Farrar misunderstands both Luther’s exegesis and his exegetical convictions. Luther is not claiming to read back into the text a Christological reinterpretation. His claim is that the gospel of Christ was preached, understood, trusted and passed on by the faithful throughout the Old Testament era. His convictions in making such a claim are that non-Christological interpretations are really non-interpretations. The written Word must preach the Eternal Word or it is no word worth hearing. It is worth noting though that this prior commitment also allows Luther to make the greatest sense of the literal, historical and grammatical content of the passage.
In this respect Calvin is often seen as a more 'cautious' foil to Luther's christocentric bias.
So R. Grant in A Short History of the Interpretation of the Bible writes:
‘Not all the reformers carried the principles of Reformation exegesis to the conclusion which Luther reached. John Calvin, for example, vigorously maintains an ‘objective’ type of interpretation. For him, scripture itself is the authority for Christian belief, rather than any Christocentric interpretation of scripture.’ (p106, emphasis mine)
That seems a very fair assessment. And one worth ruminating upon.
Gerald Bray in Biblical Interpretation: past and present has written similarly:
“As an exegete Calvin is noted for his scrupulous honesty; he resisted the temptation to read Christological meanings into even such ‘obvious’ passages as Genesis 3:15.” (p203, emphasis mine)
Calvin’s principles of Old Testament interpretation as laid out in the Institutes (e.g. I.13; II.9-11) are admirable. Yet they are not followed through with consistency in his expositions. For instance, neither the Trinitarian (1:1,26; 3:22) nor Christological points (3:15) are picked up in Calvin’s Genesis commentary.
Lutherans in the 17th century felt so strongly about Calvin’s Old Testament exegesis that anathemas were pronounced, most notably by Aegidius Hunnius, in his Calvinus Judaizans (Wittenberg, 1693). While this was a definite over-reaction it certainly points to differing trajectories and a tendency in Calvin to underplay that on which Luther had so passionately insisted.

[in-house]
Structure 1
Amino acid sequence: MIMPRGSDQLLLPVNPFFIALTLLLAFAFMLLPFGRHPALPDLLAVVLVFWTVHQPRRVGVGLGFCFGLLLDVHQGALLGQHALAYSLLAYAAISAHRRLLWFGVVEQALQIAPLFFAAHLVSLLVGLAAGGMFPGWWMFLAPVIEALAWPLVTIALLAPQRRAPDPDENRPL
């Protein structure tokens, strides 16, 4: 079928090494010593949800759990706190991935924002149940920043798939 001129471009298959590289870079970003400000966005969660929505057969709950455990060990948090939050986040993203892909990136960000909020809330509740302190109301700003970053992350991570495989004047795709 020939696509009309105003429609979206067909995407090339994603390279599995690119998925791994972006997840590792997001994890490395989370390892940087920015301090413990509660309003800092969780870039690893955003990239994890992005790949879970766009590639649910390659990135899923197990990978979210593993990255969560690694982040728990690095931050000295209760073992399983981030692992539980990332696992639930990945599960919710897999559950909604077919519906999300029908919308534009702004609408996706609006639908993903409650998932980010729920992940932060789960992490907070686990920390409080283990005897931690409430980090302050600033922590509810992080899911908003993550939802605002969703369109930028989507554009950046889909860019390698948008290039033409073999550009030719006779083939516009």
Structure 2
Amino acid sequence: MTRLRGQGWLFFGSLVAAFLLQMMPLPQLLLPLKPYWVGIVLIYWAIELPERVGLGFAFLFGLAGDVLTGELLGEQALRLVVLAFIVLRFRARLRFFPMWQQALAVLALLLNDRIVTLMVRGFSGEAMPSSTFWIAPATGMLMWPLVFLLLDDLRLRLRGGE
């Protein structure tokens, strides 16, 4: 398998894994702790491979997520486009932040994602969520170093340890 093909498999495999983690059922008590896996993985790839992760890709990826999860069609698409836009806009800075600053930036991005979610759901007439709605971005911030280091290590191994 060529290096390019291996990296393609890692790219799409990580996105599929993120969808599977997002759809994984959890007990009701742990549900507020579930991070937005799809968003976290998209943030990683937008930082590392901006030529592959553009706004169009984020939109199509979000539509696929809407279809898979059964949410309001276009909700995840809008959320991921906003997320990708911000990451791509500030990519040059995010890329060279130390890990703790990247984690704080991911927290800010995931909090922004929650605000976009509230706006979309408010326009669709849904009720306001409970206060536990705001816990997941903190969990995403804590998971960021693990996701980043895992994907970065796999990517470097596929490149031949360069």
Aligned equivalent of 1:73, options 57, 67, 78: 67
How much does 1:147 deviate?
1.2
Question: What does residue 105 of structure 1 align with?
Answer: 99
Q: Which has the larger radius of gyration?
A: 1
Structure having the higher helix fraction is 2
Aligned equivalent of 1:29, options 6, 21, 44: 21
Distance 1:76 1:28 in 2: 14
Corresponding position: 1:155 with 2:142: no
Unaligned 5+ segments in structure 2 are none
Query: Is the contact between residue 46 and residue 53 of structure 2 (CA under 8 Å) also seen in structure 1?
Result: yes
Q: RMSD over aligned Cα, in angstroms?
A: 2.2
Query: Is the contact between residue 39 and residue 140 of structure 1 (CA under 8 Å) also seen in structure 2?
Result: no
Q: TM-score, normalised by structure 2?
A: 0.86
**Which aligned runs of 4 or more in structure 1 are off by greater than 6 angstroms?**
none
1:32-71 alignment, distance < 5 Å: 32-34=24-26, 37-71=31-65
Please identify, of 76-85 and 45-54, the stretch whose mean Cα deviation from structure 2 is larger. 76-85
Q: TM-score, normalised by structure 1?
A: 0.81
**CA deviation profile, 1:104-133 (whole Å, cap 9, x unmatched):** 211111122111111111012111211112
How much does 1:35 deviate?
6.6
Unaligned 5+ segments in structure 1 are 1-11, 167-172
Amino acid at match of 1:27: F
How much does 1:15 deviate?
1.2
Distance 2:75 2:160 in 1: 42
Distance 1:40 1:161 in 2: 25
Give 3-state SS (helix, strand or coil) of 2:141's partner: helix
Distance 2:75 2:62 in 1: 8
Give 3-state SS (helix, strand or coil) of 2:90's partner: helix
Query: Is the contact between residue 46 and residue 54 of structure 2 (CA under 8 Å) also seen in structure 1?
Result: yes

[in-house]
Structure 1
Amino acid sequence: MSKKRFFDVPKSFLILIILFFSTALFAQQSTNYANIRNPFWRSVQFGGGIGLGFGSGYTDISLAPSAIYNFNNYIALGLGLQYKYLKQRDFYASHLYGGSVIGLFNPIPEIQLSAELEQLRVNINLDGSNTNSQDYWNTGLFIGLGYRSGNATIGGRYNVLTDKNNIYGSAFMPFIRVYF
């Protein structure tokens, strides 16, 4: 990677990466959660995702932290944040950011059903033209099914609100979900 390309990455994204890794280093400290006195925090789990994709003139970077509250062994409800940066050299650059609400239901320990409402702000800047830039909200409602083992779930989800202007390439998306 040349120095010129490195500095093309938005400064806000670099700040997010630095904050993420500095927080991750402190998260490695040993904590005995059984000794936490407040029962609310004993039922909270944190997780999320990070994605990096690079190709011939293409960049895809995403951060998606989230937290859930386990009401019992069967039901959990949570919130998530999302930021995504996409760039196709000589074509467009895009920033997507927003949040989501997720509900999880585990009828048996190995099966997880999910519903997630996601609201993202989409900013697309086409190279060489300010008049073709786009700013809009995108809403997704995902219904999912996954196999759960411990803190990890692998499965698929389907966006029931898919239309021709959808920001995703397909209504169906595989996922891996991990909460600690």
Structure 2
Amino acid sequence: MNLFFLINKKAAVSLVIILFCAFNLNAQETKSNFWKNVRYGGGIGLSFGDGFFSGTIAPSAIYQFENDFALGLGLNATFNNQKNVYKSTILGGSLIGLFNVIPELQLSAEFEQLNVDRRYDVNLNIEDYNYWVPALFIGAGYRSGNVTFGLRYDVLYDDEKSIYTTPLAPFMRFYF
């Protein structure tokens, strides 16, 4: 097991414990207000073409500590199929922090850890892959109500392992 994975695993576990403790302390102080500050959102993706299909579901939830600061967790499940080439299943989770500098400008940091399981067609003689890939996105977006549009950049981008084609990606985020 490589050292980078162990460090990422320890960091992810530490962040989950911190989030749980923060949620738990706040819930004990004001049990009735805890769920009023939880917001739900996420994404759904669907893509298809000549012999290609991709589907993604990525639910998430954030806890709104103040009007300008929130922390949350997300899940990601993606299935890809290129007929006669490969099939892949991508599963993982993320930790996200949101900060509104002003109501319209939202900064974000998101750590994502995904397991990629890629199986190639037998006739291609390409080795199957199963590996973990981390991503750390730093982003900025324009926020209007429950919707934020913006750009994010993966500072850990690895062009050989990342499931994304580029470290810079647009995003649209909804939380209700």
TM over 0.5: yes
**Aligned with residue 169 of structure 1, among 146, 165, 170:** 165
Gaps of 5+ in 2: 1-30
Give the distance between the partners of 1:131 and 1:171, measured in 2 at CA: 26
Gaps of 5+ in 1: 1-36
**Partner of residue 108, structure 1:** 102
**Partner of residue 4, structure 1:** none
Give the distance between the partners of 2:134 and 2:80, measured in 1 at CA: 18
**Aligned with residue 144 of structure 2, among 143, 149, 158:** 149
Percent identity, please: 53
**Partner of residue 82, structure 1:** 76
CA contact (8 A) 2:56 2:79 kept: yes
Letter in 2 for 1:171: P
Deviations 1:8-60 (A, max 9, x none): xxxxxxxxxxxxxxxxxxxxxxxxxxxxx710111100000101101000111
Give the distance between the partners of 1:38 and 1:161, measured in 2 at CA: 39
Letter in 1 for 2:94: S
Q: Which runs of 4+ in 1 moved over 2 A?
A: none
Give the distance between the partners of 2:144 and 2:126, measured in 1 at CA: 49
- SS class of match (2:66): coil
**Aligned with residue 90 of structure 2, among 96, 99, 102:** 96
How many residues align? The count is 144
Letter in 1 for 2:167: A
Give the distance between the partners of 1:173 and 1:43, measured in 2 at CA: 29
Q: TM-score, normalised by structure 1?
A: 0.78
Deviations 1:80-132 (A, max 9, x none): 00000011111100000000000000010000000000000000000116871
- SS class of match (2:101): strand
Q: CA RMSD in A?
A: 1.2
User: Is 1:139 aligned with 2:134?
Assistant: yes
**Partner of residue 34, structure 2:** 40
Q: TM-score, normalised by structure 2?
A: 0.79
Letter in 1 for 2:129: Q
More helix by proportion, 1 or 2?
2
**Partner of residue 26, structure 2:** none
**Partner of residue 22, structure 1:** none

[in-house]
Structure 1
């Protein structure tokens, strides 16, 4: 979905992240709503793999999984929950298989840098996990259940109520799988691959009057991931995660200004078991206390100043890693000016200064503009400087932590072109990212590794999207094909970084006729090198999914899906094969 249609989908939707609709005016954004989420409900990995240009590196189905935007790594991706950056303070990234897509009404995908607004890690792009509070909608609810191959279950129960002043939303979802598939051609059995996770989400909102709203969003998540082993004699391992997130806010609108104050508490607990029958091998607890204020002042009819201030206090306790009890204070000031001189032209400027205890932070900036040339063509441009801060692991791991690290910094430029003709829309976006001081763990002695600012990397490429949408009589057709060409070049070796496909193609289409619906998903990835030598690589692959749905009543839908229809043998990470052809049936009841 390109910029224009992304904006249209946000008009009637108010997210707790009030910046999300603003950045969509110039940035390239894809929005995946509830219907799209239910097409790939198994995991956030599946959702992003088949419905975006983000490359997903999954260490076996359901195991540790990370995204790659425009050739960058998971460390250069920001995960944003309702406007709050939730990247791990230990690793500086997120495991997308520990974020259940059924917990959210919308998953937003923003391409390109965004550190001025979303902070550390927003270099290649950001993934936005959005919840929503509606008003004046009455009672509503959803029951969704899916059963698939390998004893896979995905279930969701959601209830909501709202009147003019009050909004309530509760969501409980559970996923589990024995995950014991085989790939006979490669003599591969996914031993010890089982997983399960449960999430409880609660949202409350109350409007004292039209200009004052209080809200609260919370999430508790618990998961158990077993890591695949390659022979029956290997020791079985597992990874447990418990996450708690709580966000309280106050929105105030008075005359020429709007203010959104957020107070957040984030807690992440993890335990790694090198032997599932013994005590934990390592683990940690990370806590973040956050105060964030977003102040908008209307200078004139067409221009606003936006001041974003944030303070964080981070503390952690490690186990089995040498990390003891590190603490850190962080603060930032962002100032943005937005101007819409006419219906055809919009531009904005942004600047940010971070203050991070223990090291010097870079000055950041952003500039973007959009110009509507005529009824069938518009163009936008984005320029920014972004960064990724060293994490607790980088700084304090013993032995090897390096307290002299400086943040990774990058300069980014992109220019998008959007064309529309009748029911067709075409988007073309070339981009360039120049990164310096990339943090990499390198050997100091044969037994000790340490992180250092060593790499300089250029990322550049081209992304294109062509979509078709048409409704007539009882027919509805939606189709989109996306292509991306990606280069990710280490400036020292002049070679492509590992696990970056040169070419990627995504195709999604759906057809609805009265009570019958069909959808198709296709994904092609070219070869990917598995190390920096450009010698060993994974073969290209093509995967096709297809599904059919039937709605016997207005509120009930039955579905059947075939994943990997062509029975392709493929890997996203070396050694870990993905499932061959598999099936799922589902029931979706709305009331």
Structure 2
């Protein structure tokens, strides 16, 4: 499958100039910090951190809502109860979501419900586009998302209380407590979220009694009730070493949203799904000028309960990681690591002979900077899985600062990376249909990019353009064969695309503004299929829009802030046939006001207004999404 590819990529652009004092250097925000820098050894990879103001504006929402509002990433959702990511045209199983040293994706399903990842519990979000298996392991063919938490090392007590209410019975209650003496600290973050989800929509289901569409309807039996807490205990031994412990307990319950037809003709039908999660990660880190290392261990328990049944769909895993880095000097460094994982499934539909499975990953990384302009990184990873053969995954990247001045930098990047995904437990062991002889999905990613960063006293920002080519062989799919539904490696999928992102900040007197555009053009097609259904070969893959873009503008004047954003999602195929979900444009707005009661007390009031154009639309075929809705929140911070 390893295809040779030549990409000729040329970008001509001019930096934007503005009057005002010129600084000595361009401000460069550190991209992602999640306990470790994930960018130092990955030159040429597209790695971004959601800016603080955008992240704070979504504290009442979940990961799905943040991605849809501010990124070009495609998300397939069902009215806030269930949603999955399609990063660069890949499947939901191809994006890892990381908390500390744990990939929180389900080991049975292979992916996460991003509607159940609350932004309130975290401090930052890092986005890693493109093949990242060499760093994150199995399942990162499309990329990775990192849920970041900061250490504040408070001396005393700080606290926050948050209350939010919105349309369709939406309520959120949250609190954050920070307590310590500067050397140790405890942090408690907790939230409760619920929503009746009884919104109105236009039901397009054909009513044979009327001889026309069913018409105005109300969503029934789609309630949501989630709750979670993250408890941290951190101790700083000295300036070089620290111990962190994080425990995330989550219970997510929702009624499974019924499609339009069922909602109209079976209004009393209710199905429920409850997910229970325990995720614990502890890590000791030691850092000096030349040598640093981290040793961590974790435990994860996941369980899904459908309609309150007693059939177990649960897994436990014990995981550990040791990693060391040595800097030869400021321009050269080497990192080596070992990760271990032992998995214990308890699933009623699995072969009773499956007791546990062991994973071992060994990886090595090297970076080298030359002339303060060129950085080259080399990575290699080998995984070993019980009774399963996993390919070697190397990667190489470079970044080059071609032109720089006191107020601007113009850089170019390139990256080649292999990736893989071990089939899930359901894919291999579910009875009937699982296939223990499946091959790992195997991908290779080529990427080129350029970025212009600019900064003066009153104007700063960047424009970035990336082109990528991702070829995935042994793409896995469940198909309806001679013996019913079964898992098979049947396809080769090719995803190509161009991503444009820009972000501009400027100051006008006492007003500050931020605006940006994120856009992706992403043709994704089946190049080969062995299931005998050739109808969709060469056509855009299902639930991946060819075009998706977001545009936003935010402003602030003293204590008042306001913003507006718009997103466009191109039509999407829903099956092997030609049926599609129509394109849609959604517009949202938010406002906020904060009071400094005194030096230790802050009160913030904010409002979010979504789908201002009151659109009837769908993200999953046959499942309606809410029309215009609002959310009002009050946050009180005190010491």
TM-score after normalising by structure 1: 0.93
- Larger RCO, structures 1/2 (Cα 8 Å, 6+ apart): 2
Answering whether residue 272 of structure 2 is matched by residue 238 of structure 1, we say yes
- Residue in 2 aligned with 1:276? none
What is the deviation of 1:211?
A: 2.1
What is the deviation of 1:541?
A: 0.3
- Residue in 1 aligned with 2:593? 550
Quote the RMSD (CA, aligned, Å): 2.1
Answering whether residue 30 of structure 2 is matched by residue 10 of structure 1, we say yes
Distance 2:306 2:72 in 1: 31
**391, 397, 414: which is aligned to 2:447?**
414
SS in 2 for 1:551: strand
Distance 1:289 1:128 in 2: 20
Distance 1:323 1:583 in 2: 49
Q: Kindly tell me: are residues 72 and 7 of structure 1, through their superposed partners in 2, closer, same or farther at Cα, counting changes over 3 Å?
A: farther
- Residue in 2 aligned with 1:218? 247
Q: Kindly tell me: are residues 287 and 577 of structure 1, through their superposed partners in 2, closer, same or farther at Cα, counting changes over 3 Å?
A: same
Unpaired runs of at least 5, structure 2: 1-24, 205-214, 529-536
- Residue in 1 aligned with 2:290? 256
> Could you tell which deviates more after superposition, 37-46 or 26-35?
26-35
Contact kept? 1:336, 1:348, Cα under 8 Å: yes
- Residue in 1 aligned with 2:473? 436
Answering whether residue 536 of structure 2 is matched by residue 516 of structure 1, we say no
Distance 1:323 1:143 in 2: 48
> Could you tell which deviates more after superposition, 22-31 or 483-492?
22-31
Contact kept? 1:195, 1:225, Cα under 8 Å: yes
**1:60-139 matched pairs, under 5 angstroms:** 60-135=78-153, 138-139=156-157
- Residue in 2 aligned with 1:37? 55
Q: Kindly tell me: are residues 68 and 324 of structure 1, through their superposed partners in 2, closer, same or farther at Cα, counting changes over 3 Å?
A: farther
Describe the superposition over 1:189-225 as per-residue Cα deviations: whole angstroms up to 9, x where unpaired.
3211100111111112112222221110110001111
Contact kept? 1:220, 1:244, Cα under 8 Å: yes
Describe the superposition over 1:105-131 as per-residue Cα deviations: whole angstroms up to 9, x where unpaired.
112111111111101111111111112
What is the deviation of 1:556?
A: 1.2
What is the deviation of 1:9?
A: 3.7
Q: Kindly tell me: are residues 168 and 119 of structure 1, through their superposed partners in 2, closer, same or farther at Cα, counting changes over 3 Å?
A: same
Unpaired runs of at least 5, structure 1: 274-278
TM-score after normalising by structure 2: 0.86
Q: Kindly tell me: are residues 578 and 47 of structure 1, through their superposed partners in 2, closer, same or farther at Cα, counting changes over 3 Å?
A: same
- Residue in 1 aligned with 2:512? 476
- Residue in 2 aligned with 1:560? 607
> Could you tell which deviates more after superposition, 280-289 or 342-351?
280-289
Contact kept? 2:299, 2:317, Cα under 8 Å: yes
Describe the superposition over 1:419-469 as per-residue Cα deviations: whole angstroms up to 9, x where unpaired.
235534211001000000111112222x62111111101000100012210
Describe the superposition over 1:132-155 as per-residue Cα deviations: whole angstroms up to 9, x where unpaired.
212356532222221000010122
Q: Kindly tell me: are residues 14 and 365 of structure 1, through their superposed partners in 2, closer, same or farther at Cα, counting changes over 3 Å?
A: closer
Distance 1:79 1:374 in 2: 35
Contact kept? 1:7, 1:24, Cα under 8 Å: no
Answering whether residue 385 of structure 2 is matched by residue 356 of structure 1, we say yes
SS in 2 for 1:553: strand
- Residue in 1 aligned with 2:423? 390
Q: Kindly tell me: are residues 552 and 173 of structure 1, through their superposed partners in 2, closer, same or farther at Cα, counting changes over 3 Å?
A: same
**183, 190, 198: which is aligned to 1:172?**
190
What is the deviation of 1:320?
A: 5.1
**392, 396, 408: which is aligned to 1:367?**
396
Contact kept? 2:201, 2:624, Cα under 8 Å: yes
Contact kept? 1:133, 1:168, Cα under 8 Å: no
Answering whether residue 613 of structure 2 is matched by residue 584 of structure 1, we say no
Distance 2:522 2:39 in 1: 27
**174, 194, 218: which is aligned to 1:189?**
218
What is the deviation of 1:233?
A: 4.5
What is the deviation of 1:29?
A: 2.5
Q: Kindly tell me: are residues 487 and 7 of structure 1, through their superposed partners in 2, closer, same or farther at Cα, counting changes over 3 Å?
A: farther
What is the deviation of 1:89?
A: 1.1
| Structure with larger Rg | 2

In our own age, evangelical scholarship is crying out for defenders of a Christian Old Testament. In John Sailhamer's excellent article The Messiah and the Hebrew Bible, he quotes Walter Kaiser as saying:
“if [the Gospel] is not in the Old Testament text, who cares how ingenious later writers are in their ability to reload the OT text with truths that it never claimed or revealed in the first place? The issue is more than hermeneutics… [the issue is that of] the authority and content of revelation itself!”
Gordon McConville comments in the same article
“the validity of a Christian understanding of the Old Testament must depend in the last analysis on [the] cogency of the argument that the Old Testament is messianic.”
We ought to re-learn from Luther the Christian meaning of Moses and the Prophets. Not that, now Moses can be read through Christian spectacles. Rather, that the only spectacles through which Scripture can be read are Christian. The issue with our modern Jewish friends is not about whether the New Testament is a valid addition and re-interpretation of the Old. The issue is the Old Testament itself. We must maintain that the Hebrew Scriptures in and of themselves are Christian Scripture written from faith in Christ and directed to evoke faith in Christ (cf. 2 Tim 3:15-17; Acts 10:36,43). Luther would be an excellent tutor for our modern age in reclaiming the Hebrew Scriptures for Jesus.